Slowdive – Slowdive

The shoegaze legends return with their first album in 22 years, a precise and altogether gorgeous showcase of their peerless ability at production, mood, and songcraft.

Nature metaphors come so readily to mind when listening to shoegaze—clouds, stars, skies, storms, oceans, whirlwinds, maelstroms—that it’s easy to believe that, like the weather it evokes, it just sort of happens. Invest in the right guitar pedals, put the right breathy spin on your vocals, and bam—instant Loveless, or close enough to fool a stoned and heartsick teenager. It’s as easy as walking out your front door and letting the spring air greet you.

For some bands that may well be all there is to it. But song by song, moment by moment, sometimes even note by note, Slowdive do it better. There’s nothing elaborate in the bassline for “Slomo,” the opening track of their first album in 22 years, given the thick bed of guitars it bounces on. Just seven notes, the sixth of which leaps unexpectedly up an octave instead of continuing the bassline’s descent. Or at the end of “Slomo,” when Rachel Goswell’s voice pulls off a similar trick, first when she takes over lead vocals from Neil Halstead, then when she starts singing them at the very top of her register. At the end of “Go Get It,” Halstead sings two different lyrics laid on top of one another simultaneously, like his conversation with Goswell is over and now he’s talking to himself.

In a genre beloved for its comfortable reliability, all it takes are these small but striking detours to remind us that this glorious noise is the work of human hands and the skill that move them. If there’s a story to Slowdive—the band’s return to active recording together after decades of slowly mounting critical and audience acclaim—beyond the human-interest angle of the return itself, the swerves in the songcraft tell it: This is an album as thoughtful as it is beautiful.

You can hear the attention to detail even in the album’s most conventionally pop songs. Knockout single “Sugar for the Pill” and “No Longer Making Time” share a similar structure, matching a loping alt-rock bassline with high arpeggiated guitar. But the differences that emerge within that framework are fascinating. “Sugar” avoids the go-for-the-throat, quiet-loud-quiet format which “No Longer” embraces, opting instead for a subdued sophistipop chorus that matches the resignation of its central lyric: “You know it’s just the way things are.” The latter song may lack the former’s restraint, but it makes up for it with the tightest, loveliest vocal harmonies on the album from singer-guitarists Neil Halstead and Rachel Goswell, plus a fake-out finale that reintroduces the opening riff so deftly you’ll wonder if you hit repeat by accident.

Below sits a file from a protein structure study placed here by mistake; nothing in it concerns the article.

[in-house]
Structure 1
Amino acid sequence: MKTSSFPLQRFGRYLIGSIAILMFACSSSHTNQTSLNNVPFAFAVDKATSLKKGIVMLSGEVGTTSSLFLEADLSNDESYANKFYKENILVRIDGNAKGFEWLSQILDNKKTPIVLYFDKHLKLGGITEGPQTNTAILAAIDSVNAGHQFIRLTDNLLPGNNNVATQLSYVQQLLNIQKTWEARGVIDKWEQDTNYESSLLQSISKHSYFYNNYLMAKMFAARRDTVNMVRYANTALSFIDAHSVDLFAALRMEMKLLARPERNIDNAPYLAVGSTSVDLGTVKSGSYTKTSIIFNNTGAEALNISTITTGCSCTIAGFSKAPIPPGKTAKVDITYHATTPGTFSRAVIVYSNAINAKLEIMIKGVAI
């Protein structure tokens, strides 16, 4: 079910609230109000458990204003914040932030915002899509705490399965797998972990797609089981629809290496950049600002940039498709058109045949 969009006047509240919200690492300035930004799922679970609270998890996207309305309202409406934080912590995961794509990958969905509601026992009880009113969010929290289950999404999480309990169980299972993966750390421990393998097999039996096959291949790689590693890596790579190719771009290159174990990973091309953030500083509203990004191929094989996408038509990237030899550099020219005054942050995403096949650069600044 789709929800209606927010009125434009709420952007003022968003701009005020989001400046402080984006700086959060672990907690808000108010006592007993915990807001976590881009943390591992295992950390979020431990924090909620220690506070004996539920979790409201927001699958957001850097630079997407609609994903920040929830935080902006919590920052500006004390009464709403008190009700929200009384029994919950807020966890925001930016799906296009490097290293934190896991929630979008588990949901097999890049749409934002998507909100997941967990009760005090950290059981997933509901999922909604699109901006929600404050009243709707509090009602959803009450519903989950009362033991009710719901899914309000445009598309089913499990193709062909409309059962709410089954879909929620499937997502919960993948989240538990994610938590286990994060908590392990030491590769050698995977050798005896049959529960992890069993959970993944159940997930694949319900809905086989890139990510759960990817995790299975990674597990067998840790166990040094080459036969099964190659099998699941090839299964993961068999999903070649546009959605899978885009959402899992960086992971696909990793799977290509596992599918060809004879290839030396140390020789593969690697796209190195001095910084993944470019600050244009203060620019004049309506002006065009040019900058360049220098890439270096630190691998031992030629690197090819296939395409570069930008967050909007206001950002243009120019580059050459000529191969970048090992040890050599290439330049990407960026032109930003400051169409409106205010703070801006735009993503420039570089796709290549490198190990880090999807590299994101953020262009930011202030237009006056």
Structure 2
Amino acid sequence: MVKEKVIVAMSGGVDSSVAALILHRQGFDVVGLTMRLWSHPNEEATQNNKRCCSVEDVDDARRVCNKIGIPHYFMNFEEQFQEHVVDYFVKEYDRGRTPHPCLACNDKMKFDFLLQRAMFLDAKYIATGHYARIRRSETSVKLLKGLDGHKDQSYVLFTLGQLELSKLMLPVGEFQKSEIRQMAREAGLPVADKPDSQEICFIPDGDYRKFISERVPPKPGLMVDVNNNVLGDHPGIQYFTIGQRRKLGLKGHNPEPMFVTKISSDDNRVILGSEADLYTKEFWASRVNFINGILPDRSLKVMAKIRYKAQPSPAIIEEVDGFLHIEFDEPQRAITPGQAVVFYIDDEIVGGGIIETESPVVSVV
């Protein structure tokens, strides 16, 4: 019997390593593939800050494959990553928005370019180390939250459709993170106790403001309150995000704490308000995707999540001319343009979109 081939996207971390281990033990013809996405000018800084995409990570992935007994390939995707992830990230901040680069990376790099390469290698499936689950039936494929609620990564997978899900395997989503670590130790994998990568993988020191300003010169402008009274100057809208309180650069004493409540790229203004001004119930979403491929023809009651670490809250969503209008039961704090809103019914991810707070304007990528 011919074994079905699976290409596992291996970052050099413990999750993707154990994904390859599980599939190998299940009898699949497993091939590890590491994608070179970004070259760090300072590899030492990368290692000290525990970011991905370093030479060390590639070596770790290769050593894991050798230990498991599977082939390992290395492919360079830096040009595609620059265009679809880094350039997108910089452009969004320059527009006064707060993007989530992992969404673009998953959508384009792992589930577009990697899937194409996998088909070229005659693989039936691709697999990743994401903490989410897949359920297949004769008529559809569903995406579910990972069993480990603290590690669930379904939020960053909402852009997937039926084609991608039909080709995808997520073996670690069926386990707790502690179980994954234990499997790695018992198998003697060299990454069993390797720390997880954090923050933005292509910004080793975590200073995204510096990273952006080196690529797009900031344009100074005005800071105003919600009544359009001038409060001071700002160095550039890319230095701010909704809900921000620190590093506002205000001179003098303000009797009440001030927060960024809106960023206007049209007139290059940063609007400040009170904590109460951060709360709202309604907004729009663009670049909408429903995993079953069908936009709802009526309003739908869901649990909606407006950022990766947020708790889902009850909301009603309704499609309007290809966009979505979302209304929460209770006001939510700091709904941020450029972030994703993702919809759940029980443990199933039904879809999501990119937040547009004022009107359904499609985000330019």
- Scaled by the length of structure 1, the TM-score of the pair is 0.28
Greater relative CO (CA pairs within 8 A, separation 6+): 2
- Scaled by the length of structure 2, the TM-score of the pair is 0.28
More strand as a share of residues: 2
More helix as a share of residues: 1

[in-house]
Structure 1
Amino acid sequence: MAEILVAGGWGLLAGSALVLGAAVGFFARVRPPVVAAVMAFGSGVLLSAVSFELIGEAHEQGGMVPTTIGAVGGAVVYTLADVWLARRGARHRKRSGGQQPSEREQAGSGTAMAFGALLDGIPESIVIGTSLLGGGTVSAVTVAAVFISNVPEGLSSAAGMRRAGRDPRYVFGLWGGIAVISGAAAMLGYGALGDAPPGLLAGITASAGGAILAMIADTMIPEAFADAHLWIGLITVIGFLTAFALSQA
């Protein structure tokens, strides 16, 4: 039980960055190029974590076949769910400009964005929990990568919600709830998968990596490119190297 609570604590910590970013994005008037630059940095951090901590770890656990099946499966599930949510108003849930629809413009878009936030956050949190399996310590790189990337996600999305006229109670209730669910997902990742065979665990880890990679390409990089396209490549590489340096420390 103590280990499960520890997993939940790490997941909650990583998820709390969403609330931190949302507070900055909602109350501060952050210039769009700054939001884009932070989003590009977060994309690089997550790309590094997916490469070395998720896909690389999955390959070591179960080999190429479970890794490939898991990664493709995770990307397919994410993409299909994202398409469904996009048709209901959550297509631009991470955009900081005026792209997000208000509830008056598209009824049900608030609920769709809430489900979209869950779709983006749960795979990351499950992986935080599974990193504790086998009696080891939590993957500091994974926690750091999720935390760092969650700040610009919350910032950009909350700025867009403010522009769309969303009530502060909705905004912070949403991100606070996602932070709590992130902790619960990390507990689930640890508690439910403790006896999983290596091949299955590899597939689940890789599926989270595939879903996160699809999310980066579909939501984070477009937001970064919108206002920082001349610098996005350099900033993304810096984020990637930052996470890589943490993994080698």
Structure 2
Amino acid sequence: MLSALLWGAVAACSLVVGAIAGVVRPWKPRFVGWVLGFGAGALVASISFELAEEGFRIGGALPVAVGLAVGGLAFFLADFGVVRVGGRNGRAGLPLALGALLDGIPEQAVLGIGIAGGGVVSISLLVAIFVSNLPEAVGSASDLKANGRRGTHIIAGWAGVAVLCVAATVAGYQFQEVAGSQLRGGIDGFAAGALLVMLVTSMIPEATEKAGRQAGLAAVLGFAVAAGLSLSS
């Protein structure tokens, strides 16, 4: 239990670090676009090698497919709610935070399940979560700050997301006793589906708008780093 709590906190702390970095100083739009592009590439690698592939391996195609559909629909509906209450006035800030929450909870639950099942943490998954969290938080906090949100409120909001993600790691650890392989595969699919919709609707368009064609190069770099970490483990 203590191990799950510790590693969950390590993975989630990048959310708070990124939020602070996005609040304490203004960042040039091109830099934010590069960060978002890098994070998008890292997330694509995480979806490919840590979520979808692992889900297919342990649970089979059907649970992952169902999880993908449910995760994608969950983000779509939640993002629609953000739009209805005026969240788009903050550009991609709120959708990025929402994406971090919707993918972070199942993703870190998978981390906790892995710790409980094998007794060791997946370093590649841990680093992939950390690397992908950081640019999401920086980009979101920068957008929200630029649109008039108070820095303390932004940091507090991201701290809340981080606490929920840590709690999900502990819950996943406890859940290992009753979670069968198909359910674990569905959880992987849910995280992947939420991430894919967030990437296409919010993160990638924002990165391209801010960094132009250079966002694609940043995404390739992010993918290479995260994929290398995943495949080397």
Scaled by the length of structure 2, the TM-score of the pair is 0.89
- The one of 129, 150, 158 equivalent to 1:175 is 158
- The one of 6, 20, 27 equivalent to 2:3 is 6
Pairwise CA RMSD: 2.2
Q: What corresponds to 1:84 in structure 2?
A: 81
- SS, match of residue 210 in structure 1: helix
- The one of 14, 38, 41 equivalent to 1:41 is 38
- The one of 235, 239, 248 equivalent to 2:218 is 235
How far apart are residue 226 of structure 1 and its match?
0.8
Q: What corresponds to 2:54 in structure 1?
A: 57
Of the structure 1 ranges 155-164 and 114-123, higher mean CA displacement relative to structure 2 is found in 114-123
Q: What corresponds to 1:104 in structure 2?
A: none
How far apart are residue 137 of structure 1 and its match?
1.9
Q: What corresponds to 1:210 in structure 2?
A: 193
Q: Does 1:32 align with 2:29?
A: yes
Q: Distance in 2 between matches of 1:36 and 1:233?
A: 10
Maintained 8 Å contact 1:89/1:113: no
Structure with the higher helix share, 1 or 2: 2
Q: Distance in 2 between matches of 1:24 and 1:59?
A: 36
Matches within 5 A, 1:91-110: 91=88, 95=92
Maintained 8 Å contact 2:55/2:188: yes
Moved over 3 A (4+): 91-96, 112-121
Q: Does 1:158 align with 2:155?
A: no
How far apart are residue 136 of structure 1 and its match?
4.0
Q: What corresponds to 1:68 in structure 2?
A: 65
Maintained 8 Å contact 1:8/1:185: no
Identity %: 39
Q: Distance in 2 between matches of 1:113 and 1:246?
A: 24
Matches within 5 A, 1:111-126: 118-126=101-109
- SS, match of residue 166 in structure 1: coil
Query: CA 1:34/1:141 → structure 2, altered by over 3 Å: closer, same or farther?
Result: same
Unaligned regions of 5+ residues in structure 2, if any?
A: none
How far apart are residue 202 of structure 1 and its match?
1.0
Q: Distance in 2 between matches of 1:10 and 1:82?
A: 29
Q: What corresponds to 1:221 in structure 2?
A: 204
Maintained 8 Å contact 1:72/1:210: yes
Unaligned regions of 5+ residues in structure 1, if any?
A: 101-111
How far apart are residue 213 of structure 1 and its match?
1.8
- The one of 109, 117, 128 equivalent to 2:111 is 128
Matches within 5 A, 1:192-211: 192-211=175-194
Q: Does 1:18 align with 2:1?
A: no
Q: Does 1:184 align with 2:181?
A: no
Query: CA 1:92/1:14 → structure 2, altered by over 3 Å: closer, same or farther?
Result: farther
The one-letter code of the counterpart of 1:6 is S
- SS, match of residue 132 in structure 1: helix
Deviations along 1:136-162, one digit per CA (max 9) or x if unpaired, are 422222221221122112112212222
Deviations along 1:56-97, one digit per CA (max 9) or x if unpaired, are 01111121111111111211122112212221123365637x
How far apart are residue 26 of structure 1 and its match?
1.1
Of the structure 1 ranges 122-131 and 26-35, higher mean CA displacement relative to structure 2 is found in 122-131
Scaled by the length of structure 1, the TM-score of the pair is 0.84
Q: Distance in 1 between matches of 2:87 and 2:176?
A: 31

Drummer Simon Scott, returning to the fold for the first time on record since 1993’s shoegaze opus Souvlaki, emerges as a key element not just for the songs’ drive, but of their texture. On “Slomo,” “No Longer Making Time,” and “Go Get It,” he provides not so much a backbeat as a frontbeat, a sound to be reckoned with, not taken for granted. Scott also helped create the vocal and piano loops that comprise “Falling Ashes,” the album’s closer; the repetition transforms Halstead and Goswell’s refrain of “Thinkin’ about love” from soggy sentiment into something that actually forces you to think about love as you listen. Even when Scott plays a more traditional role, as with the martial tempo he provides for the opening minute of “Don’t Know Why,” he’s apt to shift the rhythm beneath the Halstead/Goswell/Christian Savill guitars in unpredictable ways.

Slowdive offers maximum-volume shoegaze too, better than the band ever has before. Lead single “Star Roving” lives up to its interstellar title with easily the largest, most high-velocity guitar attack in the group’s discography. “Go Get It” is even better: a wet hot summer groove with a savagely flashy riff to match Halstead and Goswell’s back-and-forth chorus of “I wanna see it/I wanna feel it.” The words evoke Iggy and the Stooges’ “Gimme Danger” in how they can be interpreted as a quest for spiritual, psychological, or sexual transcendence, depending on your mood. An album this consistently shifty and surprising will likely hit three buttons at some point or other.

About a quarter-century removed from the “The Scene That Celebrates Itself” and the music press that made it infamous, Slowdive reveals what a Slowdive free of that pressure can do. The result isn’t the youthful explosion of their first full-length Just for a Day, nor the polished shot at success of Souvlaki, nor the thrillingly reactionary minimalism of Pygmalion. It’s the work of a band that reformed and recorded by choice, at their own pace, bringing the accrued experience of their entire adult lives to bear on music made outside the crucible for the very first time; no wonder the album, like their debut EP, is self-titled. So forget the weather imagery. Slowdive doesn’t make it look easy. It makes it look hard. Creating music this great almost always is.

Source: Sean T. Collins for pitchfork.com

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